Friday, February 11, 2011

Self-Enforcing Mechanisms

I am, for the second year in a row, felled by a nasty sinus infection.  So blogging from bed this morning and I can think of anything to write about save for another tale from Brazil.

In Brazil these days the federal government has a system that will refund to consumers part of the VAT tax they pay on purchases of consumer goods.  In order to claim the refund, you have to give the equivalent of your Social Security number to the cashier every time you check out.  These purchases get recorded in a central computer system and the government keeps a running tally for every citizen, which you can log in and check. [This is all, by the way, as I understand it and was explained to me - details might be a bit off]

Why, you might reasonably ask, doesn't the government just lower the VAT, or just have the retailer award the refund on the spot?  Because this system creates a natural enforcement system which compels the retailers to report all sales to the government and pay the appropriate tax, part of which gets refunded to the customers.  Failing to do so will cause a great kerfuffle among customers that find that a purchase was not recorded.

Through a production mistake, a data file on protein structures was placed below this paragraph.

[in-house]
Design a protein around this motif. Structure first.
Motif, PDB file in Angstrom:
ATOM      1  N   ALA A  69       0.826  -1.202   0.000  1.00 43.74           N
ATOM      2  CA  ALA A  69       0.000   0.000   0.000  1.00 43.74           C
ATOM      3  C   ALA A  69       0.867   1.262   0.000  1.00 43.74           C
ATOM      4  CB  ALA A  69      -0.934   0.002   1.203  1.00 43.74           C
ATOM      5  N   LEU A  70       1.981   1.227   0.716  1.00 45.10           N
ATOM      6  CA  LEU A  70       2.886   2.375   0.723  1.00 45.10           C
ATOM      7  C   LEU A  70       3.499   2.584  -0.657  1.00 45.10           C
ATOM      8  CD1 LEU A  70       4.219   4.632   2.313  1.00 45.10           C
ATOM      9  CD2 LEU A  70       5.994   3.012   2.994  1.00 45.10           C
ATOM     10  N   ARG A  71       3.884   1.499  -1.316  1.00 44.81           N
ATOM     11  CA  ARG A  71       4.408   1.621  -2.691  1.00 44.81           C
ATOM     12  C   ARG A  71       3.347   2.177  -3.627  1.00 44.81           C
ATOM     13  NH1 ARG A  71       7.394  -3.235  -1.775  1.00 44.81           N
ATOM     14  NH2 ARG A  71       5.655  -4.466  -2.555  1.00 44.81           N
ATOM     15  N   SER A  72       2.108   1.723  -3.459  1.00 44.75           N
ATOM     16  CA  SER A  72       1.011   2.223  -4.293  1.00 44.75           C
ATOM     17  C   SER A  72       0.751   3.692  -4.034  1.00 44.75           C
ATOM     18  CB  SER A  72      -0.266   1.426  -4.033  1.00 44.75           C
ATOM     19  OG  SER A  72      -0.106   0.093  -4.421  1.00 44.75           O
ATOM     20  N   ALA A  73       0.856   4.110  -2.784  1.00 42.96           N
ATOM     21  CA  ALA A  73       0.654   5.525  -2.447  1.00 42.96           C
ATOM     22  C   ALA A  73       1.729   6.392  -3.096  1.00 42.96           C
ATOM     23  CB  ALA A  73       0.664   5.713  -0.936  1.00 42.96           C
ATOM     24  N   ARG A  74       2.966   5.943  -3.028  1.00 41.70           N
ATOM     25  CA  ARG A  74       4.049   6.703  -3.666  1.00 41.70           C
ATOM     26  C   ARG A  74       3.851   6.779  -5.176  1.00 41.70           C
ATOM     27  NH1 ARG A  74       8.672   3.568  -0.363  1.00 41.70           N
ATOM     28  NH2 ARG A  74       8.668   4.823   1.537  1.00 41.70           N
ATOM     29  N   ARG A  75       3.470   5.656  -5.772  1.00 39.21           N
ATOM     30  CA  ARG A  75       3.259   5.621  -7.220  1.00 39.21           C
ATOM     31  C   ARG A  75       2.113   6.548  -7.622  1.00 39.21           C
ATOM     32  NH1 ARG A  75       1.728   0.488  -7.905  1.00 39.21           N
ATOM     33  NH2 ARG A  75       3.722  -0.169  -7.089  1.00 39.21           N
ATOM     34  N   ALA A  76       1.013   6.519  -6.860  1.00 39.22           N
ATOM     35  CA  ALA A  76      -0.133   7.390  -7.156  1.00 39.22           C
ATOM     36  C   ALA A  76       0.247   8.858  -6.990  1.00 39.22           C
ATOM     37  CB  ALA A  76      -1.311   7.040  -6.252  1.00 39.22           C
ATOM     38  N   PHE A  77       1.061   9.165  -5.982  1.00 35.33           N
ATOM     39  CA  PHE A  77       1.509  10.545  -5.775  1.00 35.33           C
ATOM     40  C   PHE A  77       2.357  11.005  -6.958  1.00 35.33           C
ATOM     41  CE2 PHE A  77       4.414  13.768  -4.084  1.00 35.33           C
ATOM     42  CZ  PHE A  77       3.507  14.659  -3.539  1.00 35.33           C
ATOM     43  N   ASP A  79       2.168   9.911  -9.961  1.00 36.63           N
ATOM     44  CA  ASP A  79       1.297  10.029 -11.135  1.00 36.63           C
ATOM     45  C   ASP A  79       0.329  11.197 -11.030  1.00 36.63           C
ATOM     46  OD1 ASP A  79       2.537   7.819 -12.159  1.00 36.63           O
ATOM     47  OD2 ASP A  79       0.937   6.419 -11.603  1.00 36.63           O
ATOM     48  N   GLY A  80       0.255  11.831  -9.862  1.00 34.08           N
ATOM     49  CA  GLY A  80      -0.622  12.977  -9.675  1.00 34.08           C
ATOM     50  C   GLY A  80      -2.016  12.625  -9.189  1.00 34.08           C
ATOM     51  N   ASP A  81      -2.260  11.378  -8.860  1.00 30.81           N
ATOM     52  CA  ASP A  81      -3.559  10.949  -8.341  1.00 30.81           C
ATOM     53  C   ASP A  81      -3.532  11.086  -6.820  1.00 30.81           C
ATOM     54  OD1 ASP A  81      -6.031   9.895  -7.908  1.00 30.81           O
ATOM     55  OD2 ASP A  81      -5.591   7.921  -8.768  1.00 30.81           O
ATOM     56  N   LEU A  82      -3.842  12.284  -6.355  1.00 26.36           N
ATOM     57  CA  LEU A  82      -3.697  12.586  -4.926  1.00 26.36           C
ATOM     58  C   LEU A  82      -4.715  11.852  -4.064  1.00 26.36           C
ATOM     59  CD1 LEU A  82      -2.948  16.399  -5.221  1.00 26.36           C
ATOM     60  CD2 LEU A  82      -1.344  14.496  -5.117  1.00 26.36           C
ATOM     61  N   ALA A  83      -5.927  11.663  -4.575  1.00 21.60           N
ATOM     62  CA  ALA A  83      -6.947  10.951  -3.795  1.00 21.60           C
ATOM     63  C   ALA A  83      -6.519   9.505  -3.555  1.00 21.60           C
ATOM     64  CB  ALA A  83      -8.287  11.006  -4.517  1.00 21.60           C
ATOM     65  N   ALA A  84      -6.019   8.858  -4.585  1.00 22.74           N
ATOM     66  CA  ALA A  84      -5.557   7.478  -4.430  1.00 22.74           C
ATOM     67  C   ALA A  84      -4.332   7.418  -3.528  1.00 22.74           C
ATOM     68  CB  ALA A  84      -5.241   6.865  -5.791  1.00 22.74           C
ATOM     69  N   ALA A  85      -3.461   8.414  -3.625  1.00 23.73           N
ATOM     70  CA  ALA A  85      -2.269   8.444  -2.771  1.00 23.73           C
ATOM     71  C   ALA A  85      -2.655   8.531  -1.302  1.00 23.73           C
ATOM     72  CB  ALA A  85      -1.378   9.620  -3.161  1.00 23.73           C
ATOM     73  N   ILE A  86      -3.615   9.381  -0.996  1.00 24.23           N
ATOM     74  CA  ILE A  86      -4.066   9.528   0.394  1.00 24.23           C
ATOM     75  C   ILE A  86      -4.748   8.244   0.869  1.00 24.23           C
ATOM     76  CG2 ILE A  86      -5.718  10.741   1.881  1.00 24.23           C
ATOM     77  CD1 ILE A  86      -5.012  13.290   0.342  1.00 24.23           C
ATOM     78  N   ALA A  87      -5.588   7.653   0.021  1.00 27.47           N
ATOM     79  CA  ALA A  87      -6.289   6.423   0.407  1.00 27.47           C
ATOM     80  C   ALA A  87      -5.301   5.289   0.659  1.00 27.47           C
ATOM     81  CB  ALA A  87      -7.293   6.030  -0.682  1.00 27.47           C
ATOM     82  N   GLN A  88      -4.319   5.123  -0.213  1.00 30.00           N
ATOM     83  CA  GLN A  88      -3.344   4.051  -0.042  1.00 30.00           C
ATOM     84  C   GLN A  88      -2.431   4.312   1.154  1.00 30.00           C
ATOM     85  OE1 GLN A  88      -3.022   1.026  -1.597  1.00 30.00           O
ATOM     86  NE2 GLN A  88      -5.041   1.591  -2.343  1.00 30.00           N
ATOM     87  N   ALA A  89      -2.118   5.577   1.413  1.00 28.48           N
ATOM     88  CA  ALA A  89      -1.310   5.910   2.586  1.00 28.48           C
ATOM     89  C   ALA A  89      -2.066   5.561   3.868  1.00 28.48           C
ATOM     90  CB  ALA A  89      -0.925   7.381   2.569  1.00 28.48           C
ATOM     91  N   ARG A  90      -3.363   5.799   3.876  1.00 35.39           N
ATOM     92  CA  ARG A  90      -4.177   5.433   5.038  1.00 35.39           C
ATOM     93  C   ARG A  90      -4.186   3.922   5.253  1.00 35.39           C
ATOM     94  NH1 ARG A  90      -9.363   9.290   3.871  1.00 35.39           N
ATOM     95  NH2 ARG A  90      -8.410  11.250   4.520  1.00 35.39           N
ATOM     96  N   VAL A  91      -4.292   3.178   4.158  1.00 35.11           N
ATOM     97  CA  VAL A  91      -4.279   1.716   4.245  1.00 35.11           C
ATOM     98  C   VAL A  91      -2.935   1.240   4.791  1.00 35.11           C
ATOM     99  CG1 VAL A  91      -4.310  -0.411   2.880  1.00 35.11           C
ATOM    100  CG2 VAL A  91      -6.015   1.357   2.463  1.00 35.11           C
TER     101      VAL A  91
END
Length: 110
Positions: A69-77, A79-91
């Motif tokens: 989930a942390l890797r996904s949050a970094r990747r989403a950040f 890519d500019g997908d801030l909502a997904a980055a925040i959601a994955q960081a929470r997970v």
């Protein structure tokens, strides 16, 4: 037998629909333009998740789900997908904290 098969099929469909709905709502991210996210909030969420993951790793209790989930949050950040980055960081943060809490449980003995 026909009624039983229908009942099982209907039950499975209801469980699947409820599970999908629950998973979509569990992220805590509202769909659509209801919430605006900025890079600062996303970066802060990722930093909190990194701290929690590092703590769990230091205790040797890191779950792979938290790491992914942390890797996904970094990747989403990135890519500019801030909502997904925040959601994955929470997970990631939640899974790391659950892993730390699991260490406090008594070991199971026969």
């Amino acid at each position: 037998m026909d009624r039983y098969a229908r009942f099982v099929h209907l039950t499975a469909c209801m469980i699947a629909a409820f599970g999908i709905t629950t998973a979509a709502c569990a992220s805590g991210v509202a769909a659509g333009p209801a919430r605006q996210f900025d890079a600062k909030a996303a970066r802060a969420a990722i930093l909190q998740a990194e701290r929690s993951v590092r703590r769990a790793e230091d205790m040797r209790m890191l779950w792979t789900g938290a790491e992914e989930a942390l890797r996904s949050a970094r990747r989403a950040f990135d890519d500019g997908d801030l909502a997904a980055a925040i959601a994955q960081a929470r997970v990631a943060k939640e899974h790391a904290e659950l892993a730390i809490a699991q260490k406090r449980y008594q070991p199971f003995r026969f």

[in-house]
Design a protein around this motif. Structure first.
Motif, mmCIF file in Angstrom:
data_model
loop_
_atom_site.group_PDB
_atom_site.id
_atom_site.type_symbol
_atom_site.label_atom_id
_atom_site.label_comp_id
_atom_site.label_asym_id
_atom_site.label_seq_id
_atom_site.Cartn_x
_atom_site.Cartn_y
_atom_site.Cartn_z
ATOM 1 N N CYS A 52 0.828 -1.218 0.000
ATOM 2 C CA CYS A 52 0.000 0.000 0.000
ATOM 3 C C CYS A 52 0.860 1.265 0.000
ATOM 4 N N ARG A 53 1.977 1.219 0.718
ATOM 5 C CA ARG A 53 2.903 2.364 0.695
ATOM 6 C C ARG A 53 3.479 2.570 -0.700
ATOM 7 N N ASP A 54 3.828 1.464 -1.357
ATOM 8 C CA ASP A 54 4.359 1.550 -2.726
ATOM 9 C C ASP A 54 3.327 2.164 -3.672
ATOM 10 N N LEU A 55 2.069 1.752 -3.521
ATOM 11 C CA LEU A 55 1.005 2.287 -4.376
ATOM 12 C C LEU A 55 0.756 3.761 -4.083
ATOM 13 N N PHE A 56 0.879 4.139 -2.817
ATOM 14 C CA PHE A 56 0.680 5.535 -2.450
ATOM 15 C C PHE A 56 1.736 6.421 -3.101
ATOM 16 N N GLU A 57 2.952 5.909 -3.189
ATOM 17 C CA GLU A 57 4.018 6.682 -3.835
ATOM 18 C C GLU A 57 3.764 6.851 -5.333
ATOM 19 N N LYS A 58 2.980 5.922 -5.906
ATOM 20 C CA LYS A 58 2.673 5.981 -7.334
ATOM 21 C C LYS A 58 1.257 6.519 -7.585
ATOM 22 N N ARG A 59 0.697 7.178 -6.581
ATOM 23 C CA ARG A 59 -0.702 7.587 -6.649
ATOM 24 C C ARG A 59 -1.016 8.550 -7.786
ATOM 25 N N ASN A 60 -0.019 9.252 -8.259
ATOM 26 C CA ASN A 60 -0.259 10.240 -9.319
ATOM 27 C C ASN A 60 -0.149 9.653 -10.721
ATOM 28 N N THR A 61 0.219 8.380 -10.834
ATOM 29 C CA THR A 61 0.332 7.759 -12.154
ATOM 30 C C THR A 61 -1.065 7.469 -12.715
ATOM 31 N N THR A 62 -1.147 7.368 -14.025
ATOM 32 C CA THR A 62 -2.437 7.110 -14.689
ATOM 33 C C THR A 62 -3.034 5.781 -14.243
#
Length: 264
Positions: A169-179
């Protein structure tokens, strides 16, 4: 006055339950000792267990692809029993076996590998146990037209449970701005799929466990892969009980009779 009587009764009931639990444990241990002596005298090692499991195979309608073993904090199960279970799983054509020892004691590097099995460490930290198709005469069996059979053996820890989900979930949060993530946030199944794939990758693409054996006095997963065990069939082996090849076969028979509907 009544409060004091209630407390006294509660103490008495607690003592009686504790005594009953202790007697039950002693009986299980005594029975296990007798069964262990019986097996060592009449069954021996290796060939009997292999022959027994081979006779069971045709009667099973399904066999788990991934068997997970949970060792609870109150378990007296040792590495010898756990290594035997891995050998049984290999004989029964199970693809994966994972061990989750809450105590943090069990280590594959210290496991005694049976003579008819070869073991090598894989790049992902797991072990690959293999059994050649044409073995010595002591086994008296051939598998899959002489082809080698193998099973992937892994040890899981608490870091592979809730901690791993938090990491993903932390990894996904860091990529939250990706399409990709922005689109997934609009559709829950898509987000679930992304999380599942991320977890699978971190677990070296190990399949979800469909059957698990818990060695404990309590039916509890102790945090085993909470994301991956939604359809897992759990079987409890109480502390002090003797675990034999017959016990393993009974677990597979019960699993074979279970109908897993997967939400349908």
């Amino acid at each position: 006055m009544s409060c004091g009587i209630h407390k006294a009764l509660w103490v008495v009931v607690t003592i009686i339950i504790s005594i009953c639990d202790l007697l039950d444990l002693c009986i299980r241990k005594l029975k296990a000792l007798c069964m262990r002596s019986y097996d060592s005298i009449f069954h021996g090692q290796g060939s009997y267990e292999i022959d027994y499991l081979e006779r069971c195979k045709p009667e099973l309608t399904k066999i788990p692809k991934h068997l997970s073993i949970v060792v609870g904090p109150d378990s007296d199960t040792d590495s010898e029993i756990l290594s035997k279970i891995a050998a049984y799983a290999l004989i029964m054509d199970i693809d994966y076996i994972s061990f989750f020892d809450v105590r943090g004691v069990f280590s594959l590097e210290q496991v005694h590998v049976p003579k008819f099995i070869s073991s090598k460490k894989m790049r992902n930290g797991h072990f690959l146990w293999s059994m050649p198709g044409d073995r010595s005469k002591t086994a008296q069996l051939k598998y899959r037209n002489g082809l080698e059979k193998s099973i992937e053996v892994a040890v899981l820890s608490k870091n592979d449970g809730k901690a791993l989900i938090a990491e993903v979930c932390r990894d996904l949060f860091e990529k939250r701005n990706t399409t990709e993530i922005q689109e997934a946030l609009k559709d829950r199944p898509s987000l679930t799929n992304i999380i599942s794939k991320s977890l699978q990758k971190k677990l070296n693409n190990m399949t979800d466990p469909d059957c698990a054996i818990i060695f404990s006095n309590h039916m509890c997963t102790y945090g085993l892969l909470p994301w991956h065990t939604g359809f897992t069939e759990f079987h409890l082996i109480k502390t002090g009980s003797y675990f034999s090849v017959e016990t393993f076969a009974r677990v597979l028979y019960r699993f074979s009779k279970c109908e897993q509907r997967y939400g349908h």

Pretty clever.  Of course this system only works in a modern age where computers and the internet are common.

On a side note, I was very proud of my nascent Portuguese last time I was there and would march up to the cashier of a store ready for whatever they said: "did you find everything you were looking for?", "is this all for you today?", do you want to pay in cash or credit?", "how are you today?"  Whatever.  Of course, every time I was dumbfounded by a quick question that was entirely incomprehensible to me.   So I had to mutter "er, I speak Portuguese badly and I didn't understand."  Of course what they were asking me for was my national tax number.  Brazilians are the most wonderful people though and rather than being nasty about my failures in their native tongue (ala the French, whose tongue I master pretty well, but still get snide attitude from Parisian shopkeepers), they are incredibly accommodating and delighted that you try.

My favorite story was from a bookstore where I, once again, forgot about the tax thingy and was dumbstruck at the question.  The cashier immediately apologized for embarrassing me and apologized that his English (which was great) was not so good.  I apologized that my Portuguese (which is poor) was poor and he said that, no Portuguese is too hard to learn and I shouldn't be expected to speak it in Brazil.  Too funny.  The reality is it is not very hard except for making the nasal sounds and it is a beautiful language that is super fun to speak because of all the wonderfully exaggerated intonation.

If I were not so sick I'd look the tax thing up and do a little real research on it, but I am too tired.  Comment with links if any of you are so motivated.

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